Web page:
Globalization Losers – Indigenous Peoples

I have blogged before about indigenous peoples as a category of populations that are the prime victims of globalization (as they were also prime victims of colonialization and industrialization) but the difference between now and the previous eras (industrial and colonial) is that now, there is some concern about their fate and their rights. Still… Case in point, the Kuchis of Afghanistan, who were constantly in the middle of the fighting during the Soviet invasion (mostly because they are nomadic traders), and now:

As a general rule, central governments have a hard time figuring out what to do with indigenous peoples who, by definition, do not fit the model of sedentarism that is the basis of social institutions and norms.

As such, they are also more likely to bear the brunt of risk society:

The impacts of any risk are amplified when they affect a category of the population that is already socially disadvantaged, as indigenous peoples are in most societies they are a part of (voluntarily or not).

Similarly, social change tends to have more adverse effects on indigenous peoples and they are more likely to have policies enacted by central governments imposed upon them… and that is in the favorable situation in which they do not stand in the way of resource exploitation by corporate interests. However, as the potential for scarcity and resource wars increases, indigenous peoples who stand in the way are more likely to be victims of violence, as has already occurred at the very same time that their livelihood is already threatened by climate change.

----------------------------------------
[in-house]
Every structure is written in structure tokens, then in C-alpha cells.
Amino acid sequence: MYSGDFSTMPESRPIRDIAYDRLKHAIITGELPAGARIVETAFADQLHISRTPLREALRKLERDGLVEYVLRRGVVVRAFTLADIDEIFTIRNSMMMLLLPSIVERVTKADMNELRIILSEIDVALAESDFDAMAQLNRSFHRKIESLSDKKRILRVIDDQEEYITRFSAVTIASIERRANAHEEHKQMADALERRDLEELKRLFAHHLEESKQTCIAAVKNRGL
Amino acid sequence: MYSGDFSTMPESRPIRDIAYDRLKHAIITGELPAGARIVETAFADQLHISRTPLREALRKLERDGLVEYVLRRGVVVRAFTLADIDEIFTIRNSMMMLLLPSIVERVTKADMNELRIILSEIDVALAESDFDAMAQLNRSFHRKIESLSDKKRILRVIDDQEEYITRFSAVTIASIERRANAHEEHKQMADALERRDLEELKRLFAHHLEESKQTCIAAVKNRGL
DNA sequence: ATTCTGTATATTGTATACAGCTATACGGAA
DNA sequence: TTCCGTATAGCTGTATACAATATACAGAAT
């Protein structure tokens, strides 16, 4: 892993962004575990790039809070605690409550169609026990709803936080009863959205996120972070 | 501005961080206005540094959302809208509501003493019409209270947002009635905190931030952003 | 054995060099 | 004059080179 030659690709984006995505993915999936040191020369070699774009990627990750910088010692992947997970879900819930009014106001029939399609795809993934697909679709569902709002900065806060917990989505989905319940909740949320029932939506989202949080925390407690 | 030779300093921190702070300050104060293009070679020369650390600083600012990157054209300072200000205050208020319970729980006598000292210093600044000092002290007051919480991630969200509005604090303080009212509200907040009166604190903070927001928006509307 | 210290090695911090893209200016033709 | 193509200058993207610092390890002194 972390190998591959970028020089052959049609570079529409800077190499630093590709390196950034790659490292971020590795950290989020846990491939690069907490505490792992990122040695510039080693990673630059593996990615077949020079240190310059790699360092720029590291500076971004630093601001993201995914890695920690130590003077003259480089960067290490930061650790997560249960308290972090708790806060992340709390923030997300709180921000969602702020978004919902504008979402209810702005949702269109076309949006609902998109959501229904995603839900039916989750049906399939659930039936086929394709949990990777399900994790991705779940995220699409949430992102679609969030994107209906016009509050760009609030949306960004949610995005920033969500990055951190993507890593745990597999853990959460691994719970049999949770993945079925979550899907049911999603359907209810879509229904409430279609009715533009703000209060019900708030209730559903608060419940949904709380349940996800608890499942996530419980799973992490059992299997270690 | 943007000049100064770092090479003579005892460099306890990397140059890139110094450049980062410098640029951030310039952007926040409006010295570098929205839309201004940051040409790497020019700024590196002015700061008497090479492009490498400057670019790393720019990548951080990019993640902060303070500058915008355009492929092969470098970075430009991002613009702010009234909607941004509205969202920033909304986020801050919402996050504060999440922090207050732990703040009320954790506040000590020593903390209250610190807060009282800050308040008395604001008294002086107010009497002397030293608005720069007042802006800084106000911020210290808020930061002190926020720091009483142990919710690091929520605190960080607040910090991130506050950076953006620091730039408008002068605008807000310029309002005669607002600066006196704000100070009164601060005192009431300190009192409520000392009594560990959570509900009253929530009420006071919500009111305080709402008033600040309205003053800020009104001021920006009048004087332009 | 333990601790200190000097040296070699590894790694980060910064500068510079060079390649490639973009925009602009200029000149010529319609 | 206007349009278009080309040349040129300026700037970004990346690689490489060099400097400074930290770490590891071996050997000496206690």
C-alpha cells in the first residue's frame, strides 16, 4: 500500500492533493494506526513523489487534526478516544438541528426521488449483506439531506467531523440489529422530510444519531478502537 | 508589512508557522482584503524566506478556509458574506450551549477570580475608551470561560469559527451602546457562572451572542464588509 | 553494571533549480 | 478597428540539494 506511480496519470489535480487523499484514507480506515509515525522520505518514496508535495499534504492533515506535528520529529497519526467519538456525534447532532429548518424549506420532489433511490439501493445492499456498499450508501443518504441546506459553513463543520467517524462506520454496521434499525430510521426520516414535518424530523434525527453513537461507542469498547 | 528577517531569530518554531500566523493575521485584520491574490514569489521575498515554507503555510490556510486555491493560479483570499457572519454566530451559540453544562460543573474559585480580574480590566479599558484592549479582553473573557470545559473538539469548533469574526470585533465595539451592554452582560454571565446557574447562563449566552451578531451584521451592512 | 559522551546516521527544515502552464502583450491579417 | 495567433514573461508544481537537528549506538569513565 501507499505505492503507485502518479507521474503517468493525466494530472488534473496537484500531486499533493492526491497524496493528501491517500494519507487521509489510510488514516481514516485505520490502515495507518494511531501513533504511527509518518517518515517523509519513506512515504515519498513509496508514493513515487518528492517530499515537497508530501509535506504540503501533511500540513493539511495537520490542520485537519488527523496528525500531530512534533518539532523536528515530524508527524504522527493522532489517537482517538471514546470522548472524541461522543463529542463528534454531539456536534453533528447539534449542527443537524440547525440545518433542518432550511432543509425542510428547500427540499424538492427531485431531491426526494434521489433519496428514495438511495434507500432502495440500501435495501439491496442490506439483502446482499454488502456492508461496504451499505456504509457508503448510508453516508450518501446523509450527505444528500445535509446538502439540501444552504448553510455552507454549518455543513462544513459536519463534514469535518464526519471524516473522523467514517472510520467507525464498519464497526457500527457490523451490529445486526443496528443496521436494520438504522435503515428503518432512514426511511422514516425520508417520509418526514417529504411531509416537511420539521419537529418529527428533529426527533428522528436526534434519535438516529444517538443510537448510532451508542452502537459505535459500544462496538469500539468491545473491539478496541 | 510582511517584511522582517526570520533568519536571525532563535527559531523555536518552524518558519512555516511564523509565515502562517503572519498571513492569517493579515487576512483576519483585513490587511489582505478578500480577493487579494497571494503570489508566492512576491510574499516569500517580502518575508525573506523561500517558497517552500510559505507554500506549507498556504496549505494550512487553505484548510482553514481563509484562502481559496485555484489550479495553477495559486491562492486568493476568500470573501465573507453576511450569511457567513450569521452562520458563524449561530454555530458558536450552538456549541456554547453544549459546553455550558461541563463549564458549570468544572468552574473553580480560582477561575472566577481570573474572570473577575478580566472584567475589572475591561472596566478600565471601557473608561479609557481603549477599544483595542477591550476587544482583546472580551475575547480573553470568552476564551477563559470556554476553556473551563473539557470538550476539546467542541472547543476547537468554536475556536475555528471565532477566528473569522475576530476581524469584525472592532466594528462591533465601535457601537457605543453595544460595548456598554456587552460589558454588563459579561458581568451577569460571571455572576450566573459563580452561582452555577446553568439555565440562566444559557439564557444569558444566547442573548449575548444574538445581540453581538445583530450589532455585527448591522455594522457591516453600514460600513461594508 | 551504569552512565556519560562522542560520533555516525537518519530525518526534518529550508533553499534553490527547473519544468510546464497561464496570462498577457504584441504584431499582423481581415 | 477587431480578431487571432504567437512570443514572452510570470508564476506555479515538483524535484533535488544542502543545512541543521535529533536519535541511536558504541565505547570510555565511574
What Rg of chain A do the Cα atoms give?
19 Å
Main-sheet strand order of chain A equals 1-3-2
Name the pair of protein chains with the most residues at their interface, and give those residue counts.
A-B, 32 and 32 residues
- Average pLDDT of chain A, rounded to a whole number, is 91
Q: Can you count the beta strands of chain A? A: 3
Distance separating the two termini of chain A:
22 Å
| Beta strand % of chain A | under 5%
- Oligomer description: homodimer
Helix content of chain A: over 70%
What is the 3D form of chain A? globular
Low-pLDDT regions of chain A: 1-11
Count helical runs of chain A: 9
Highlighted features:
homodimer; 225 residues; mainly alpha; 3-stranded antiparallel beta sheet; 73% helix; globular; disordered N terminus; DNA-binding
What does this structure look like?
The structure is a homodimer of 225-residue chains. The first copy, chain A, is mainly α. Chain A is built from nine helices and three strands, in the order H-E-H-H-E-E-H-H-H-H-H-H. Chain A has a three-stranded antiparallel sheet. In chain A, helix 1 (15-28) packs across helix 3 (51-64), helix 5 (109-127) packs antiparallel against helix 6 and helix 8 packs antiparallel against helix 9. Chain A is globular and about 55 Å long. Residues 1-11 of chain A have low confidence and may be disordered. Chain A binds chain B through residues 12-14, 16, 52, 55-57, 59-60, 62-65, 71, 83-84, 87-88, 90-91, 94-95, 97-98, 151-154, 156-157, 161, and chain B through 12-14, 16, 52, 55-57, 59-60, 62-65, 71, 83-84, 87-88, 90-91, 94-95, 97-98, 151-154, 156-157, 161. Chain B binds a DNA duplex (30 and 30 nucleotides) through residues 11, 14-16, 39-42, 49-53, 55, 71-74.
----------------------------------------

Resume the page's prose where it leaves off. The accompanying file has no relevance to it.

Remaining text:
2 thoughts on “Globalization Losers – Indigenous Peoples

  1. I would have to agree, indigenous peoples are one of the groups of people who will be – and already are – being impacted by globalization. Examples such as in Ecuador with Chevron and indigenous peoples, or in the Phillippines and local people and mining come to mind. They have little voice, both in the countries that occupy their land, and in the international community as seen recently by the UN Climate conference in Poznan where they were banned.

  2. A couple thoughts:

    central governments have a hard time figuring out what to do…

    I don’t think it’s so much about their not knowing what to do, as it is about their general view of indigenous people. In many respects we are viewed as obstacles to progress, as people who do not know our best interests, and who should abandon our ways of life to adopt colonial norms.

    Overall, there are hundreds of other examples where indigenous people are struggling for dear life — doing every conceivable thing to protect our cultures, enact our rights, and defend the environment.

    It’s the most urgent human rights issue in the world today – even more important than climate change, I think.

    After all, the climate isn’t going to change (drastically) for many years to come, where indigenous people throughout the world are fighting right now.

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